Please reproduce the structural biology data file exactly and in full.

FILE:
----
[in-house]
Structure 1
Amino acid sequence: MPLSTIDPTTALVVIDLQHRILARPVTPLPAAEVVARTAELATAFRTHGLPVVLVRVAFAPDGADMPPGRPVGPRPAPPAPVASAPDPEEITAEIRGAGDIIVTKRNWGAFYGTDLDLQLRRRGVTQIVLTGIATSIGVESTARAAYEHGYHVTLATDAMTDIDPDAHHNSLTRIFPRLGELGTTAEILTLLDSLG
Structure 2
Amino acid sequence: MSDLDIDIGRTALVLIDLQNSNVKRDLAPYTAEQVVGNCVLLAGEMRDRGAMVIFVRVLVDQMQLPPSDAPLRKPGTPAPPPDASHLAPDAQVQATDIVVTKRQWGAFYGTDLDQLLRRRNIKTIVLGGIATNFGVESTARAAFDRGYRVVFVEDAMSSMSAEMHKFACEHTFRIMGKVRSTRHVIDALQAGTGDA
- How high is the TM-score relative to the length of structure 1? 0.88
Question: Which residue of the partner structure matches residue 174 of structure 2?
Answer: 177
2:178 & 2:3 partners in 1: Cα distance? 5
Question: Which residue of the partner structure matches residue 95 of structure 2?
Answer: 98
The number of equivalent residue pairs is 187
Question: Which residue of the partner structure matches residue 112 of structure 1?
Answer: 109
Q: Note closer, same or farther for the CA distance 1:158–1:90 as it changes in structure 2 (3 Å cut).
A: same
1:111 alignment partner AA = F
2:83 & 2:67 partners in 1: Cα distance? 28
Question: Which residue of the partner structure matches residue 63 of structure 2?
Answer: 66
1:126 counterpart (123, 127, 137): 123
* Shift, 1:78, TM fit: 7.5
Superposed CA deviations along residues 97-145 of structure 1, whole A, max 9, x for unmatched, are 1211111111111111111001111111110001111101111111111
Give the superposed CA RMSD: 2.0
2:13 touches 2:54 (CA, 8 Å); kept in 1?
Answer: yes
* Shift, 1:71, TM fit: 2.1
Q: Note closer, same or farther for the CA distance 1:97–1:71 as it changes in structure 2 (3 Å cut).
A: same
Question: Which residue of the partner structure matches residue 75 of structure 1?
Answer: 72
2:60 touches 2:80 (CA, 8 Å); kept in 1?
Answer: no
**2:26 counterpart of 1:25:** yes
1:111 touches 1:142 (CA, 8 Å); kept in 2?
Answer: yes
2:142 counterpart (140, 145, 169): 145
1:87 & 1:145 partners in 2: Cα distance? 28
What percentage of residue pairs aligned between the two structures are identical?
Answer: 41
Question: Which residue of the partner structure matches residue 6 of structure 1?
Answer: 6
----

[in-house]
Structure 1
Amino acid sequence: MPLSTIDPTTALVVIDLQHRILARPVTPLPAAEVVARTAELATAFRTHGLPVVLVRVAFAPDGADMPPGRPVGPRPAPPAPVASAPDPEEITAEIRGAGDIIVTKRNWGAFYGTDLDLQLRRRGVTQIVLTGIATSIGVESTARAAYEHGYHVTLATDAMTDIDPDAHHNSLTRIFPRLGELGTTAEILTLLDSLG
Structure 2
Amino acid sequence: MSDLDIDIGRTALVLIDLQNSNVKRDLAPYTAEQVVGNCVLLAGEMRDRGAMVIFVRVLVDQMQLPPSDAPLRKPGTPAPPPDASHLAPDAQVQATDIVVTKRQWGAFYGTDLDQLLRRRNIKTIVLGGIATNFGVESTARAAFDRGYRVVFVEDAMSSMSAEMHKFACEHTFRIMGKVRSTRHVIDALQAGTGDA
- How high is the TM-score relative to the length of structure 1? 0.88
Question: Which residue of the partner structure matches residue 174 of structure 2?
Answer: 177
2:178 & 2:3 partners in 1: Cα distance? 5
Question: Which residue of the partner structure matches residue 95 of structure 2?
Answer: 98
The number of equivalent residue pairs is 187
Question: Which residue of the partner structure matches residue 112 of structure 1?
Answer: 109
Q: Note closer, same or farther for the CA distance 1:158–1:90 as it changes in structure 2 (3 Å cut).
A: same
1:111 alignment partner AA = F
2:83 & 2:67 partners in 1: Cα distance? 28
Question: Which residue of the partner structure matches residue 63 of structure 2?
Answer: 66
1:126 counterpart (123, 127, 137): 123
* Shift, 1:78, TM fit: 7.5
Superposed CA deviations along residues 97-145 of structure 1, whole A, max 9, x for unmatched, are 1211111111111111111001111111110001111101111111111
Give the superposed CA RMSD: 2.0
2:13 touches 2:54 (CA, 8 Å); kept in 1?
Answer: yes
* Shift, 1:71, TM fit: 2.1
Q: Note closer, same or farther for the CA distance 1:97–1:71 as it changes in structure 2 (3 Å cut).
A: same
Question: Which residue of the partner structure matches residue 75 of structure 1?
Answer: 72
2:60 touches 2:80 (CA, 8 Å); kept in 1?
Answer: no
**2:26 counterpart of 1:25:** yes
1:111 touches 1:142 (CA, 8 Å); kept in 2?
Answer: yes
2:142 counterpart (140, 145, 169): 145
1:87 & 1:145 partners in 2: Cα distance? 28
What percentage of residue pairs aligned between the two structures are identical?
Answer: 41
Question: Which residue of the partner structure matches residue 6 of structure 1?
Answer: 6